The future is now! We have cars that drive themselves! You may be asking yourself why a racing team consisting of race cars and race car drivers would care about autonomous driving. Good question. Turns out that we aren’t just conducting research and development in the field, but in the coming years autonomous driving will be a requirement in our competitions. Autonomous vehicles have four core components: perception, localization, path planning, and control. Perception uses a system of cameras, light detection and radar (LIDAR) systems, GPS and inertial measurement unit (IMU) sensors to build a virtual environment. Once we’ve built an understanding of the world around us, we use localization to place the vehicle very precisely within that world. Now that we are able to perceive the world around us and know our place in it, we use path planning to find the most efficient route along the track. The final step is control where we construct a system of steering, throttling, and braking in order to execute the trajectory built during path planning. The future of automobiles is here; it’s up to you to make it a reality.
Electric Powertrain is a mechanical team with a heavy influence of electrical foundations knowledge (and of course mechanical). The team is responsible for our two battery packs (high voltage and low voltage), inverter setup and assembly, high voltage junction box and high voltage battery pack enclosure. We work closely with the electronics team to integrate PCBs from the electronics team into our overall system for data acquisition, reliability and safety.
We are currently using 550V powertrain coupled with AMK motors and inverters. To power the inverter, we have a battery pack that’s capable enough to complete an endurance race and able to output 80kW at any given moment. Our battery pack enclosure is made entirely out of carbon fiber, similar to our chassis. This gives us an edge in the weight to strength ratio compared to other teams. The design is completely dictated by rules, manufacturing methods and structural requirements. Similar to the EV industry, everything is focused onto one place for safety and serviceability.
Integrating the car's myriad mechanical and electrical systems, the Firmware Team develops software and configuration for the car's systems, including CAN bus communication, battery management, motor control, dashboard, GPS, and much more. The team implements the car's functionality on multiple microcontroller platforms like STM32 and RP2040 using an arsenal of programming tools, C/C++, Python, and proprietary ones included. The team also tackles a wide variety of development challenges outside the car, including telemetry network management and database design, and creating our in-house Linux operating system distribution.
The business presentation event brings together a team of engineering and business students to create a complete business plan and visual presentation for operating a fictional car company and bringing our car to market. At competition, our presentation is evaluated by a panel of judges as a part of our team’s overall score. There are opportunities to develop skills such as digital design, animations, financial analysis, market forecasting, industrial process design, and public speaking.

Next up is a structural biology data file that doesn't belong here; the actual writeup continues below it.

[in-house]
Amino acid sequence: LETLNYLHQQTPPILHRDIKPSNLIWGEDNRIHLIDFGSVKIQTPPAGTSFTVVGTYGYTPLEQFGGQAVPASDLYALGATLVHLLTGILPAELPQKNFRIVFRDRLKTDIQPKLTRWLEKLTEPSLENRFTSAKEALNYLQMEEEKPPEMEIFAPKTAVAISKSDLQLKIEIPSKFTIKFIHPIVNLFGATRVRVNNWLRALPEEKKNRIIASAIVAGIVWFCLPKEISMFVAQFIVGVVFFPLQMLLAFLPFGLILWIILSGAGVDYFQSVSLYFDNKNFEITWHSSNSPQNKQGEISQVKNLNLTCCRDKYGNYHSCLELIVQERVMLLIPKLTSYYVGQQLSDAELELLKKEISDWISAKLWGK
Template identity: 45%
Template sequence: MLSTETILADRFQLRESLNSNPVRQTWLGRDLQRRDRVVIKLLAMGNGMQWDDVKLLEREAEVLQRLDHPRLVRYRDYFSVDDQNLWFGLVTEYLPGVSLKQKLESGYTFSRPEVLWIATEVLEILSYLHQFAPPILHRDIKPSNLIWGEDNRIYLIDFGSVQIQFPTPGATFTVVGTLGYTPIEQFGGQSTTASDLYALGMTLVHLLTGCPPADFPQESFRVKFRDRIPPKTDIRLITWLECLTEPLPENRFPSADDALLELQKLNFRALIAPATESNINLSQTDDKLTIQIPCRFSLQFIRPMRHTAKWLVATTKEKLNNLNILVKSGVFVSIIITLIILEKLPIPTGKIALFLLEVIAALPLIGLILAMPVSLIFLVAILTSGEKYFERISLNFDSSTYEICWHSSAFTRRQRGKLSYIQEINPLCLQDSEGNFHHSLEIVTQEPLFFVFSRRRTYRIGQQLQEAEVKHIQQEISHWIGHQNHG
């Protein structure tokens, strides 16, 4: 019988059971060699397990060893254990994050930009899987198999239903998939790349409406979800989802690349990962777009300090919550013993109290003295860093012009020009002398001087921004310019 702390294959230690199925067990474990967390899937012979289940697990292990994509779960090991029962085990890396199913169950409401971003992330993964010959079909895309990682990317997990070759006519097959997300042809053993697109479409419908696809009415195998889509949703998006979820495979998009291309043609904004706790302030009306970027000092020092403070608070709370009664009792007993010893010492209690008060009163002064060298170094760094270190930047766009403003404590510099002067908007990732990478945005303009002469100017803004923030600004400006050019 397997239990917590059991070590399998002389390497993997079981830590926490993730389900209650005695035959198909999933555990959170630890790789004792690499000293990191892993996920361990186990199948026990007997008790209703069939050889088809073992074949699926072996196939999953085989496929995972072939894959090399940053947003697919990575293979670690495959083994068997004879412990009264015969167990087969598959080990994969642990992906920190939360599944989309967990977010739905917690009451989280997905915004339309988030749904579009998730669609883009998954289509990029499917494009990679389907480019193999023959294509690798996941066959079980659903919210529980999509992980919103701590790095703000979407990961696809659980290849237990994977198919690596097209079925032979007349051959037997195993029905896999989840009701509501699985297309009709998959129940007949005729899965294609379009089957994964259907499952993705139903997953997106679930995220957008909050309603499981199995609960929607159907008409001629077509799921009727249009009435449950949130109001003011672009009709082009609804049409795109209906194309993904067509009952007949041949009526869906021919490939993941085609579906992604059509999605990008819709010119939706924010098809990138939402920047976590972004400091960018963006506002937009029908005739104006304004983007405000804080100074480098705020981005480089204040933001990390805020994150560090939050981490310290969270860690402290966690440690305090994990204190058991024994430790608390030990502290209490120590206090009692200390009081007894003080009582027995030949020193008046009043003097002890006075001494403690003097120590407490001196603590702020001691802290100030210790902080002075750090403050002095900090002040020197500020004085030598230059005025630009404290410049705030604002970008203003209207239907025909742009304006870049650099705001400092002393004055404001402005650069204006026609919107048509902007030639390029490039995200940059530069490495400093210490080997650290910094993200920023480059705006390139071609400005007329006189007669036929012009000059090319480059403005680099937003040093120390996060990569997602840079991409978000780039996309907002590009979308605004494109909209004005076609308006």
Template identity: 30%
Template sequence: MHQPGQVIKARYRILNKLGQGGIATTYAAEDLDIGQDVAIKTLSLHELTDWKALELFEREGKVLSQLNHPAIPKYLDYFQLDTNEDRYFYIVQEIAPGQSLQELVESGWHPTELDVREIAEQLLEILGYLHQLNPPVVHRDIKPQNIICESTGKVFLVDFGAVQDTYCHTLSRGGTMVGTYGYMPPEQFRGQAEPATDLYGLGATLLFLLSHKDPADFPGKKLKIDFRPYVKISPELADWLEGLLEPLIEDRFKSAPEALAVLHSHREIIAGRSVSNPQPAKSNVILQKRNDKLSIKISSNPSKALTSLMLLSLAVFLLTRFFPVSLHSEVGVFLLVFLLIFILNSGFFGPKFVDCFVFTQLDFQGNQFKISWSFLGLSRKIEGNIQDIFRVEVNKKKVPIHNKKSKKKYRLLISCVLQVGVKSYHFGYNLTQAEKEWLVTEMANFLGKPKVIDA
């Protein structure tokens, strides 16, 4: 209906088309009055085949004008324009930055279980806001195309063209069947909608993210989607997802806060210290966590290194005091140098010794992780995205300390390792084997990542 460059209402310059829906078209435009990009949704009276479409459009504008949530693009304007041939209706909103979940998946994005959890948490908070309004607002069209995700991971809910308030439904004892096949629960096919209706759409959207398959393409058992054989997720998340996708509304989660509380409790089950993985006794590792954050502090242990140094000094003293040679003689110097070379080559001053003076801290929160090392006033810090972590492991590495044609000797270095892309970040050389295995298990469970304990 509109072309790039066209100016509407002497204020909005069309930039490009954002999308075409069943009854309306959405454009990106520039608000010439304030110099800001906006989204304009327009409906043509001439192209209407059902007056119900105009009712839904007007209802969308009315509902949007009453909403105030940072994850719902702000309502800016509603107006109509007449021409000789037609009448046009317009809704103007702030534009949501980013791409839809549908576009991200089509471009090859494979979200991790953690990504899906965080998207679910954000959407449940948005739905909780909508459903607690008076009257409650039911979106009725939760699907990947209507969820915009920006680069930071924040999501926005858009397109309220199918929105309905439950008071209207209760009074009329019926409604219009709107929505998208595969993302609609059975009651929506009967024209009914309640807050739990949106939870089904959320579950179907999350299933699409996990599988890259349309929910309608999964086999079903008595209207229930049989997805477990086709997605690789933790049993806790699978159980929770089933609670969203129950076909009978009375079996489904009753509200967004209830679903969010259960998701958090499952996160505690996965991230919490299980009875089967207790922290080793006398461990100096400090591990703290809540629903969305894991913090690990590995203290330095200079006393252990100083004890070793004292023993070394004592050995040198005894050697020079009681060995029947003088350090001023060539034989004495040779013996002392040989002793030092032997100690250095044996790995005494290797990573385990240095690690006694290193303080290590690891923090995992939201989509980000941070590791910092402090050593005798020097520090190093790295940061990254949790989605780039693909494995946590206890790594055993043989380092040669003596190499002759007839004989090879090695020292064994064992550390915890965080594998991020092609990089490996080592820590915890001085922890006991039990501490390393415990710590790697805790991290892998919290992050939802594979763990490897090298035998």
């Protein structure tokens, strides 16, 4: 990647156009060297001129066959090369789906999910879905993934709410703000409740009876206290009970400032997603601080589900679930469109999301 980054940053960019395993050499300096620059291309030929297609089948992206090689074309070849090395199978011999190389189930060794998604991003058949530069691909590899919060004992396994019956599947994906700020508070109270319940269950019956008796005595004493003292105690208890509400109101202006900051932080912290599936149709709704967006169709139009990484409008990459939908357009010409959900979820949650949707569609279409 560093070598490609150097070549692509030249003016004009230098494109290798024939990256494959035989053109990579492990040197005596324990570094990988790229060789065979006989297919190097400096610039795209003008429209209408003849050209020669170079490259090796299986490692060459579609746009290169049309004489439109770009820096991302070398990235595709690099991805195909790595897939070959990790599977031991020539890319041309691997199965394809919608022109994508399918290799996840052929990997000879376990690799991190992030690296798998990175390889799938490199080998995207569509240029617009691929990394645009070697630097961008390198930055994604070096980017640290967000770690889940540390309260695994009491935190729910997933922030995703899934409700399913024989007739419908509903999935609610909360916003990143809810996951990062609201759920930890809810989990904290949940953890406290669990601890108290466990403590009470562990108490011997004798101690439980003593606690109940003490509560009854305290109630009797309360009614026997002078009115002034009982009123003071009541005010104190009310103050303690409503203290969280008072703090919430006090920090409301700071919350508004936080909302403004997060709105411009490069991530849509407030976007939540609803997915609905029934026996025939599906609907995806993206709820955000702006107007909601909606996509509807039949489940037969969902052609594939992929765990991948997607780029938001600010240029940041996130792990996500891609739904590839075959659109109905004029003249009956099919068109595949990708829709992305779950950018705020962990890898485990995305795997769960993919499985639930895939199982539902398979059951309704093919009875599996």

There is a lot of technology that is required to fully design and validate a formula racecar. Our technology team is in charge of providing software repositories, educating team members on the best software practices (such as version control), maintaining a fleet of insanely fast CAD computers, making sure our software licenses are up to date, and running the team website.
The sponsorship team provides the backbone for the team’s manufacturing needs in terms of procuring donations of money, materials, and services. We are in constant contact with both local and internationally operating companies who provide the most integral components in making this project possible. Members on the sponsorship team can expect to receive valuable experience in communicating with industry that is looked on by engineering recruiters as an important skill. In addition, successful individuals on the sponsorship team will get to know important figures within the local engineering community.
The goal of the public relations group is to promote the team to the rest of the university and Seattle community. As the public face of the team, members of the PR team attend numerous events such as the Seattle International Auto Show, Engineering Discovery Days, Paws on Science, engineering society fairs, and student activity fairs. We love to show off our cars, tell people about what we do, and let people know how they can get involved in the project as part of the team or as a sponsor. Public relations is also responsible for the team website content, newsletter, and press releases, and the production of various promotional materials including videos, t-shirts, and informational packets.
Resource management is responsible for the oversight of team resources, facilities, and safety to ensure maximum workflow efficiency. Our goal is to make sure our team has everything that it needs to successfully build a competitive race car, while keeping our workspaces functional and organized in the process. This includes maintaining our personal protective equipment (PPE) supply, storage areas, shop equipment and tools, as well as updating safety data sheets (SDS), disposing of chemicals and waste, and coordinating shop and fire extinguisher safety training for members as required by the mechanical engineering department.